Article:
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Scientific Grants

We have funded more than $16 million in cutting-edge ovarian cancer research and studies.

Ovarian Cancer Research Grants

Every year, the Rivkin Center funds promising research in ovarian cancer, selecting researchers and studies through a highly competitive process. Each application is individually reviewed by a panel of nationally recognized experts for its scientific merit, novelty, and potential to affect the prevention, detection, treatment, and understanding of the disease.

Learn about 2024 funding opportunities through the Rivkin Center.







Iain McNeish, MD/PhD

University of Glasgow / Imperial College London

2016 Pilot Study Award: Utilizing CRISPR/Cas9 Technology to Generate Improved Murine Models of Ovarian High Grade Serous Carcinoma

Dr. Iain McNeish developed much needed ovarian cancer mouse models that mimic the genetics of ovarian cancer in humans using the cutting edge CRISPR/Cas9 genetic engineering technology. The mouse models have single or combined mutations in genes known to be mutated in ovarian cancer, including Brca1, Brca2, Pten, Tp53 and Nf1. Dr. McNeish showed that the mouse models behave similarly to human cancers in response to known chemotherapy drugs. This study helped create critical tools that have been shared with 50+ labs worldwide. It will provide the basis for preclinical testing of new drug combinations and for understanding how ovarian tumors develop.

David Pepin, PhD

Massachusetts General Hospital

2016 Scientific Scholar Award: AAV9 gene therapy using a novel engineered MIS to treat ovarian cancer

The Rivkin Center funded Dr. David Pepin in 2016 when he was just starting out his lab. He credits the early support from the Rivkin Center as being instrumental in building his ovarian cancer research program using virus-delivered gene therapy to combat the disease. As a result of the Rivkin Scholar Award, Dr. Pepin has received many other grants, including from the Department of Defense, that have allowed him to build on this initial project and other ovarian cancer-related projects.

“Funding during the postdoc to faculty transition is key in securing an independent research path without which it can be very difficult to survive the initial formation of the laboratory. I credit the funding from the Rivkin Center as a key factor in allowing me to do research in ovarian cancer, and has directly contributed to generating the data necessary to apply to larger grants such as the DoD and NIH. This award has allowed me to set in place many new collaborations (which are investigating both detection and treatment) which have benefited me and others, and ultimately will translate into better treatments for ovarian cancer.”

Bo Yu, MD

University of Washington

2017 Cookie Laughlin Bridge Funding Award: The role of fallopian tube microbiome in ovarian carcinogenesis

Dr. Bo Yu is interested in understanding how bacteria in the urogenital tract might be impacting development of ovarian cancer in the fallopian tubes. She received the 2017 Cookie Laughlin Bridge Funding Award to collect preliminary data for a career development grant (K08) from the National Institutes of Health. After generating data with funds from the Cookie Laughlin Bridge Funding Award, Dr. Yu was successful in receiving the K08 career development award which is a five-year grant that will provide funding to allow Dr. Yu do carry out ovarian cancer research in addition to her clinical duties.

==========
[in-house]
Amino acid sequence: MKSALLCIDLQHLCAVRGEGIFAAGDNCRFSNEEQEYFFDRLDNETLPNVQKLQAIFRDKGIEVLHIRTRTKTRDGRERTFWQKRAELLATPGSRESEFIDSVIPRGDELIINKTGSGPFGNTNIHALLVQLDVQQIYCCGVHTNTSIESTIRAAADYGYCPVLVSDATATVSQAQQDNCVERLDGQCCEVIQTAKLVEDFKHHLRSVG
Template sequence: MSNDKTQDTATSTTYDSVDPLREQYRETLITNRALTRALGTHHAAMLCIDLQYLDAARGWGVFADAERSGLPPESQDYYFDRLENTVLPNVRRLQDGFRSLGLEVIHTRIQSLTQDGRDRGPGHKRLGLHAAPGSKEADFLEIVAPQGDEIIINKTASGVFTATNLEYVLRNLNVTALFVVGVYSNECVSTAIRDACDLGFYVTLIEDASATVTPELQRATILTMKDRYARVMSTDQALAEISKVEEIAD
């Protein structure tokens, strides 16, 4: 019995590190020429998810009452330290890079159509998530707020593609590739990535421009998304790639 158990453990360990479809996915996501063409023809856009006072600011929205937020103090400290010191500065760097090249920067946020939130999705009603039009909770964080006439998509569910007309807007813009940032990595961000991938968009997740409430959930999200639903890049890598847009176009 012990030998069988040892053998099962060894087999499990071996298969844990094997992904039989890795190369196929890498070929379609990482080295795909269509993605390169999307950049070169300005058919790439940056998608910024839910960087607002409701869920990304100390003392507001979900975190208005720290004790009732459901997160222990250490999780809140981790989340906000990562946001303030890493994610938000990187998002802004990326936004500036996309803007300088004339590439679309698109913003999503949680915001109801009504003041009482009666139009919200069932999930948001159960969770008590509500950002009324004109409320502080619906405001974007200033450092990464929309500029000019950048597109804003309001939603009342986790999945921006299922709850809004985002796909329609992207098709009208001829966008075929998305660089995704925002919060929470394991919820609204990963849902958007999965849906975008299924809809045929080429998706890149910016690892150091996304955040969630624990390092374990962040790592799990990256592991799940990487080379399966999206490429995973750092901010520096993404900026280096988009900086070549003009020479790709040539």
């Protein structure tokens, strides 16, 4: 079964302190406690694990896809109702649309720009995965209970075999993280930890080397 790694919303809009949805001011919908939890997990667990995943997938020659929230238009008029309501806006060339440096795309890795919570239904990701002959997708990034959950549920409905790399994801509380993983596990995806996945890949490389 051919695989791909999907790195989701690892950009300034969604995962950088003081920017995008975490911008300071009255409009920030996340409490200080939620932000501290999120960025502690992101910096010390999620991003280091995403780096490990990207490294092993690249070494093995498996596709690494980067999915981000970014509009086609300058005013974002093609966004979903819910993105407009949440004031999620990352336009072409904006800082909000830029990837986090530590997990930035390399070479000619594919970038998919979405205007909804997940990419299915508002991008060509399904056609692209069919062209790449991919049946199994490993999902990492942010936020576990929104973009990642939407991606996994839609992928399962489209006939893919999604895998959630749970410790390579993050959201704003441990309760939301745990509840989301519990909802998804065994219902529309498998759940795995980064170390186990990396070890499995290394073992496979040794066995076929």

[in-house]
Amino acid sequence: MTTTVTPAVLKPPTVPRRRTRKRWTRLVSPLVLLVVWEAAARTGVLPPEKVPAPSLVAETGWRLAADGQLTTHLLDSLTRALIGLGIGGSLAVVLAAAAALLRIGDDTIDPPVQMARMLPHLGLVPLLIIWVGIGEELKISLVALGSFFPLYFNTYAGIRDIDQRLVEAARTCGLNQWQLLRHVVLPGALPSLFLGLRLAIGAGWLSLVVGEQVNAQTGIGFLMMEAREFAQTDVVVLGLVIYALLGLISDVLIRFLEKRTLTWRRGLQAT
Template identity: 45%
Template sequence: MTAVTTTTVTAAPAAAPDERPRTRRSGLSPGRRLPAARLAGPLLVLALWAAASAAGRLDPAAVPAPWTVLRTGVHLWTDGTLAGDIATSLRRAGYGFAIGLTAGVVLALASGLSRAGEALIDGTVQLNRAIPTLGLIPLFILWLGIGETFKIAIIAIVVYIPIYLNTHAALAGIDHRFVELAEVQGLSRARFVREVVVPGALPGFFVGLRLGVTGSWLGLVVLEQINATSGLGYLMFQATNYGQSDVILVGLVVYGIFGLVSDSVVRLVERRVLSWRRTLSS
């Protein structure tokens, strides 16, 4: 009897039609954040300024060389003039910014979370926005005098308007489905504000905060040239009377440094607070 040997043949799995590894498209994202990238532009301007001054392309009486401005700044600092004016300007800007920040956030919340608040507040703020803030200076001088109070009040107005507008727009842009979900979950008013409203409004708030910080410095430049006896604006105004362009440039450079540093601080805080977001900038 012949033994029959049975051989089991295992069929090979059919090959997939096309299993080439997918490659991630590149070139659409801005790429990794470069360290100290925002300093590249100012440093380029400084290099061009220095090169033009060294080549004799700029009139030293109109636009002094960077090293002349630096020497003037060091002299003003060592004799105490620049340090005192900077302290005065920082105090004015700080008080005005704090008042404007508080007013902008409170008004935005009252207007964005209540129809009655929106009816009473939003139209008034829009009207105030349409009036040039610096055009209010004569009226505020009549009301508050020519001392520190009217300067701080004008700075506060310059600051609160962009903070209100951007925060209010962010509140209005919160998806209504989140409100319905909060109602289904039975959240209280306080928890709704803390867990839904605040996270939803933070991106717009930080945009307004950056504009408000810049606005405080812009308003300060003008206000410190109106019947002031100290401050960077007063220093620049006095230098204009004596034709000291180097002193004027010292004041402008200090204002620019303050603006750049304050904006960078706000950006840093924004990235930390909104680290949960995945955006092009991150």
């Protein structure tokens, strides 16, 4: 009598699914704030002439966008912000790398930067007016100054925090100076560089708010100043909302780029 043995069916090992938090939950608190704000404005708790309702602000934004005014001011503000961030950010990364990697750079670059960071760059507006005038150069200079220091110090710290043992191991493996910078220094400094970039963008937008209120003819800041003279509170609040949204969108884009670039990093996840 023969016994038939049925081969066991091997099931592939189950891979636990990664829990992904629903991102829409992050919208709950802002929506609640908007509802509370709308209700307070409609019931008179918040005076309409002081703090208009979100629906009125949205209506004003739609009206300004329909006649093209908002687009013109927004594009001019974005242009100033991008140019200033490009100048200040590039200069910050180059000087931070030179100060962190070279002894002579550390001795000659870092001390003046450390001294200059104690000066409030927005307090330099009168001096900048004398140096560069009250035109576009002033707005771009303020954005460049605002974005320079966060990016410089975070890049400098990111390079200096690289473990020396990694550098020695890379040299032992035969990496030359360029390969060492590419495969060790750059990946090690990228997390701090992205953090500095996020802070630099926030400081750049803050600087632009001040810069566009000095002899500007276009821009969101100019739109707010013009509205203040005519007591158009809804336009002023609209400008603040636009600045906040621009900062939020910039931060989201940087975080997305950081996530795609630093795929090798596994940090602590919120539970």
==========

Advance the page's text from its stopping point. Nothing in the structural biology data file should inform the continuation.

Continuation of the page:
“I cannot thank Rivkin foundation enough for supporting ovarian cancer research and for giving new investigators like me an opportunity to start a research career in ovarian cancer.”

Andre Lieber, MD/PhD

University of Washington

2016 Lester and Bernice Smith Challenge Grant Award: Immuno-prophylaxis of ovarian cancer associated with high-risk germline mutations

“Rivkin funding allowed us to prove our hypothesis that in vivo HSC gene therapy with checkpoint inhibitors can be used to reverse tumor growth in a tolerogenic mouse tumor model. Furthermore, it has enabled us to further optimize our in vivo HSC transduction approach and its application for gene therapy of other diseases, including hemoglobinopathies and hemophilia A. In this context, we demonstrated phenotypic correction of thalassemia in mice, which has attracted the attention of the Gates Foundation. This, in turn, resulted in an award to test the safety and efficacy of in vivo HSC gene therapy in monkeys. The data to be collected from this study will be an important milestone towards the clinical translation of our new approach for immuno-prophylaxis of ovarian cancer with high-risk germ line mutations. It will also facilitate raising funds for a first-in-human clinical trial (with an estimated budget of $5-6M).”

To join the Rivkin Center Science email list and receive information for researchers and clinicians about ovarian cancer research grants and symposia send an email to Jackie Lang, PhD.

Talk to your Family

Talking to your family and identifying cancer in your family tree can be a good indicator of your health risks. Download our Family Tree Worksheet here.  Be sure to include yourself, children, parents, siblings, aunts, uncles, and grandparents.

Get Educated

Know your body and be proactive about your health. Learn about your breast and ovarian health. Learn about the risk factors and signs & symptoms for breast and ovarian cancer.

Trusted Healthcare Provider

Having a relationship with a health care provider you know and trust is one of the most important decisions you’ll make about your health care. Click here to find a provider

Higher Risk in the Ashkenazi Jewish Population

In the general population, around 1 in 400 people carry a BRCA1 or BRCA2 mutation. People of Ashkenazi Jewish ancestry have a 1 in 40 chance of carrying a BRCA mutation, making them 10 times as likely to carry a BRCA mutation as someone in the general population. Whether you’re a man or a woman, if you have a BRCA mutation then there is a 50% chance of passing the mutation on to your children, whether they are boys or girls. It’s important to note that these mutations significantly increase risk, but are not a guarantee a person will get cancer.